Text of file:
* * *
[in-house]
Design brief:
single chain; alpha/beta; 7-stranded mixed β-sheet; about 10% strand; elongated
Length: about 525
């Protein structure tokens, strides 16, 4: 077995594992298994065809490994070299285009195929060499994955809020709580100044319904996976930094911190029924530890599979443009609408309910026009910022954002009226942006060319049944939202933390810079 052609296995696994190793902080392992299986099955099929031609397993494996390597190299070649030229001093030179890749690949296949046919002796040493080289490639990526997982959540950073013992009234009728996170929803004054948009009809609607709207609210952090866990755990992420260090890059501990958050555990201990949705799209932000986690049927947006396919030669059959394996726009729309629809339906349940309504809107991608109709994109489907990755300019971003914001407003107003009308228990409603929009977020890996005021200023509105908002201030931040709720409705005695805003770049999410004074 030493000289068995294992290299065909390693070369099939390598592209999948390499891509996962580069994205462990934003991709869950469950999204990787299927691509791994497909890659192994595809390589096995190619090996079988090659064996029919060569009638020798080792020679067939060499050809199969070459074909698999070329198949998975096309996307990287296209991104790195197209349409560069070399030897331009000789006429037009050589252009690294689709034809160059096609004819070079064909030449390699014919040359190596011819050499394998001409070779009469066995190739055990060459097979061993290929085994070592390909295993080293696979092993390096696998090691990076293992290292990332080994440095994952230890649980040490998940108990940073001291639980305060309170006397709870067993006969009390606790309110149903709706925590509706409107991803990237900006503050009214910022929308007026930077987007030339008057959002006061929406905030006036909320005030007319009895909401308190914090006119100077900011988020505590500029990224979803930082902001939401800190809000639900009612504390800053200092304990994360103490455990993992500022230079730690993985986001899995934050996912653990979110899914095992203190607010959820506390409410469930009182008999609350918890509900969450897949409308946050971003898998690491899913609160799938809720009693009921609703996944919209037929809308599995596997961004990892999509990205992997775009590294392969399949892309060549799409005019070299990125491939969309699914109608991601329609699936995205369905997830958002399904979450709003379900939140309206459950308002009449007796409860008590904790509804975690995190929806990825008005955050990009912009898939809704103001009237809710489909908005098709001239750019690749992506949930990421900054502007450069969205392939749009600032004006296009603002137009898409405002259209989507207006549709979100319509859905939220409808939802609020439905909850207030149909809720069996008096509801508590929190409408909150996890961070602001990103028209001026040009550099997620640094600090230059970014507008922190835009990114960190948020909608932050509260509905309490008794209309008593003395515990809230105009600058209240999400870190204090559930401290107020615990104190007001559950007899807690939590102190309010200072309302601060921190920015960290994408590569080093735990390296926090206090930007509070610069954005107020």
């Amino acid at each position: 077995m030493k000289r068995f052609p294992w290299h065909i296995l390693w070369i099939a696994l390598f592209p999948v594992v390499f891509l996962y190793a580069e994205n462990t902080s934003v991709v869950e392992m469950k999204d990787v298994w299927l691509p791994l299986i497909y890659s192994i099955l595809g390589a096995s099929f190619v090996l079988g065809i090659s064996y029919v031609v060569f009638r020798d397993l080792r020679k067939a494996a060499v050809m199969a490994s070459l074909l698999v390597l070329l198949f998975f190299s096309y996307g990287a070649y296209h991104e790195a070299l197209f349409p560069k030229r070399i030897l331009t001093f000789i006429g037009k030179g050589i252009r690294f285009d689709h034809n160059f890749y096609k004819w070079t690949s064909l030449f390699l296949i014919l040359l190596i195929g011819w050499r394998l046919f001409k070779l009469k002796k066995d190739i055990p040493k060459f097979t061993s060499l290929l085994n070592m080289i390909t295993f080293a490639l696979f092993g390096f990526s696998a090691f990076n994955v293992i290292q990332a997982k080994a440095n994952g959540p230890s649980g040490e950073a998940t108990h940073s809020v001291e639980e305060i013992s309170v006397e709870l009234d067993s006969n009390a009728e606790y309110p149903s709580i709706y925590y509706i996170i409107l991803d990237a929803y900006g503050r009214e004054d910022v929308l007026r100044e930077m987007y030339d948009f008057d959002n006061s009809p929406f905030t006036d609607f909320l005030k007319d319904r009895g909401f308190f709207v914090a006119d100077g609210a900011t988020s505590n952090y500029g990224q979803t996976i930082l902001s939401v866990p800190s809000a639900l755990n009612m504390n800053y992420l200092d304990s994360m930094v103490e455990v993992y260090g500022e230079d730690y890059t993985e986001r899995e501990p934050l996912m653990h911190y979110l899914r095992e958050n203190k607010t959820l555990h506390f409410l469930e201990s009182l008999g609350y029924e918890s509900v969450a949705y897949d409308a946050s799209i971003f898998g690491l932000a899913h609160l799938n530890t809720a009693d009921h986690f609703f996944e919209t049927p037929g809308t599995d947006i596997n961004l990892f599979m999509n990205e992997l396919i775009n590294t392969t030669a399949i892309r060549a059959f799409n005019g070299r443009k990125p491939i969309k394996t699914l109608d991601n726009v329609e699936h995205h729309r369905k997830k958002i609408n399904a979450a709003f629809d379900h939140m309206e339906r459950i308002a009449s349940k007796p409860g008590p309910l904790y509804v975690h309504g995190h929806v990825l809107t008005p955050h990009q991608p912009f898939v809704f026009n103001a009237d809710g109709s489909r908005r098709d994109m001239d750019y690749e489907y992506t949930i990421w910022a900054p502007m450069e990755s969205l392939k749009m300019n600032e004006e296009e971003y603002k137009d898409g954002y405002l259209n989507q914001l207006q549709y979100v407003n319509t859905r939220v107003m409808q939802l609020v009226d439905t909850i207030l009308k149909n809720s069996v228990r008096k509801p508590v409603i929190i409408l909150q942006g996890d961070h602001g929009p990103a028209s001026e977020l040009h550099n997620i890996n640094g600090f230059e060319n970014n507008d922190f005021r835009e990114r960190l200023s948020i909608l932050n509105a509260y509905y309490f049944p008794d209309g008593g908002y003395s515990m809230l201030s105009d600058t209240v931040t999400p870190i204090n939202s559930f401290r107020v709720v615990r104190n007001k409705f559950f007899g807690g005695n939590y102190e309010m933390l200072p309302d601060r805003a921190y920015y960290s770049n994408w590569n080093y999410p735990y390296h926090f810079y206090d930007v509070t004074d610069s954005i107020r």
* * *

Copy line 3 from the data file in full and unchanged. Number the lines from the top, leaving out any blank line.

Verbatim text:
single chain; alpha/beta; 7-stranded mixed β-sheet; about 10% strand; elongated